Buhari holds Jonathan in high esteem. He has, in many fora, expressed the shock he received when Jonathan called and congratulated him. He said at a dinner organized for members of Kannywood (Hausa-language movie industry) at the State House in Abuja that Jonathan endeared himself to him. “As they were thinking of what to do with the result which they were unable to manipulate because of the card reader and PVC, Jonathan phoned to congratulate me,” he said. “I kept quiet for a while when he called me. He (Jonathan) then asked whether I didn’t hear him, I said I did and I thanked him.”

Jonathan, to me, is a strong pillar of Nigeria’s democracy. He has continued to preach peace and the spirit of sportsmanship in defeat to his party men and Nigerians. One of the instruments for the smooth transition in 2015 was the signing of Memorandum of Understanding (MoU) by all the presidential candidates. That is being planned but it should be properly executed for 2019 elections. Thanks be to God that the committee has begun its work in earnest. According to its chairman General Abubakar, after a meeting with a delegation from the Independent National Electoral Commission (INEC) led by its Chairman, Mahmoud Yakubu, the MoU will not only be to check violence-free campaigns, but also to avoid hate speeches and unguarded utterances during campaign activities.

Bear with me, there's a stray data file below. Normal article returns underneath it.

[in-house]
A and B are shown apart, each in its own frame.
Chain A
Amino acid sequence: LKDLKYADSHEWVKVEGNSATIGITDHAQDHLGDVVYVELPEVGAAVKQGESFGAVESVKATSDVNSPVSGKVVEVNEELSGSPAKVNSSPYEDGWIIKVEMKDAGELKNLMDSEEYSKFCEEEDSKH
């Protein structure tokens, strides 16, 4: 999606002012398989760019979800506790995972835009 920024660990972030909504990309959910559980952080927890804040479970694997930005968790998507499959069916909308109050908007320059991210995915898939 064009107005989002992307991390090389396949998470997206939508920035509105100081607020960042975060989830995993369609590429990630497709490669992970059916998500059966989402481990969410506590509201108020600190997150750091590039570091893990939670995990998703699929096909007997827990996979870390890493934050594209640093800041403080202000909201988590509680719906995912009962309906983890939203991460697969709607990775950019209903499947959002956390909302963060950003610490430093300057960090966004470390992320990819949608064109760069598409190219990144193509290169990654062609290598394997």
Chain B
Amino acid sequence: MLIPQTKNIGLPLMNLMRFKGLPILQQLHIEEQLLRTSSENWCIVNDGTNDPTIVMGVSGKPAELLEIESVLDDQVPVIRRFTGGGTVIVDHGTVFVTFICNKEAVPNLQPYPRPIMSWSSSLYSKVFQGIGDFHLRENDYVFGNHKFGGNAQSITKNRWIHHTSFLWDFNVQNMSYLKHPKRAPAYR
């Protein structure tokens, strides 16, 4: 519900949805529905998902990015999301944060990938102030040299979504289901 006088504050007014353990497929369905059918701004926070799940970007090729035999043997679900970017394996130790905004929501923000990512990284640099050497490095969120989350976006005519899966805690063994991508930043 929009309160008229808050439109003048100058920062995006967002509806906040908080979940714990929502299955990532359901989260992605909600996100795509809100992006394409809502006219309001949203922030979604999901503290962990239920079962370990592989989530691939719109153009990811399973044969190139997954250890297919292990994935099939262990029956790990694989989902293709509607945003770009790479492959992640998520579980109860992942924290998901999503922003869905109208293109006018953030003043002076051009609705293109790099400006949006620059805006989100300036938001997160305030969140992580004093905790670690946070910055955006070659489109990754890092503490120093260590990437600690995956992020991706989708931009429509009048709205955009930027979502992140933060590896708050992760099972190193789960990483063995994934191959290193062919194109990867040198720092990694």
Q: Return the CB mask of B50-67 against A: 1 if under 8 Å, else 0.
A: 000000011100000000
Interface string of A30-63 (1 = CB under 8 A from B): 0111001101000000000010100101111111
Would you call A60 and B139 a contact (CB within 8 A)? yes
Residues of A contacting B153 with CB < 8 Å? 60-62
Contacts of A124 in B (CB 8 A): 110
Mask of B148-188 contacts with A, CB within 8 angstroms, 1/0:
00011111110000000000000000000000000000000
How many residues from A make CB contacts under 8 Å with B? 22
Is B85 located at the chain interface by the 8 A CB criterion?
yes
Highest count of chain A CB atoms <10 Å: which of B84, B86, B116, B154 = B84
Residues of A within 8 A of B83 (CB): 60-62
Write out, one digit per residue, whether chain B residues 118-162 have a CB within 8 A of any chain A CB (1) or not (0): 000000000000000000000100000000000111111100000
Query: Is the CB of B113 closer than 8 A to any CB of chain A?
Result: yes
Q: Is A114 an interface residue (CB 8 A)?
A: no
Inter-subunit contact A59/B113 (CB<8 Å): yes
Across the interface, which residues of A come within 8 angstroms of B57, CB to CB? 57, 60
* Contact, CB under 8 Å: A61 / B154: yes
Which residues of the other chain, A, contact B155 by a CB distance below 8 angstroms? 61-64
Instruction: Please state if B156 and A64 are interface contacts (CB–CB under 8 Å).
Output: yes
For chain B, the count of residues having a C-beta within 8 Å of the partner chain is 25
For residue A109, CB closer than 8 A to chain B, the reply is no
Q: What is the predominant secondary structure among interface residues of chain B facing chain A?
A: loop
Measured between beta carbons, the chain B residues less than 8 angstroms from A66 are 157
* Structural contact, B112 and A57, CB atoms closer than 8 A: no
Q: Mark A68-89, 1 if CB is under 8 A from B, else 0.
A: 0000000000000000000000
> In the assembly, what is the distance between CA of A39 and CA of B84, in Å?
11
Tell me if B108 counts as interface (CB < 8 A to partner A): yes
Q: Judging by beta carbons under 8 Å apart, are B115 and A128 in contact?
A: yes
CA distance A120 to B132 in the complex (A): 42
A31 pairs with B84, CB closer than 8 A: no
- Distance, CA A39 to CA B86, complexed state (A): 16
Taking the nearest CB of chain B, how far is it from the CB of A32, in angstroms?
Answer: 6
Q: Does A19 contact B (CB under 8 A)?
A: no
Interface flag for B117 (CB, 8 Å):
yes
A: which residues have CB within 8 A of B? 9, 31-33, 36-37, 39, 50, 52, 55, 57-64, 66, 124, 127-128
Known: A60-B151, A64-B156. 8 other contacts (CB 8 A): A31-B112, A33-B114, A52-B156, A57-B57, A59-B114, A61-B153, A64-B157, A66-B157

This is a good move. But as I have always maintained, Buhari is a trustworthy patriot who always put the nation above self. He will do better. There are assurances that the 2019 general elections will be freer and fairer than ever before. Therefore, with or without signing any pact, he will ensure smooth elections and transition in 2019, hitch-free handovers to democratically elected officers. I join millions of Nigerian patriots to hail him for not accenting to faulty electoral bill. He must remain focused to deliver credible polls in 2019 but he must not be cowed by the selfish interests of anti-democrats who are attempting to create lampoons in the electoral act in the name of amendment. May God bless Nigeria at all times.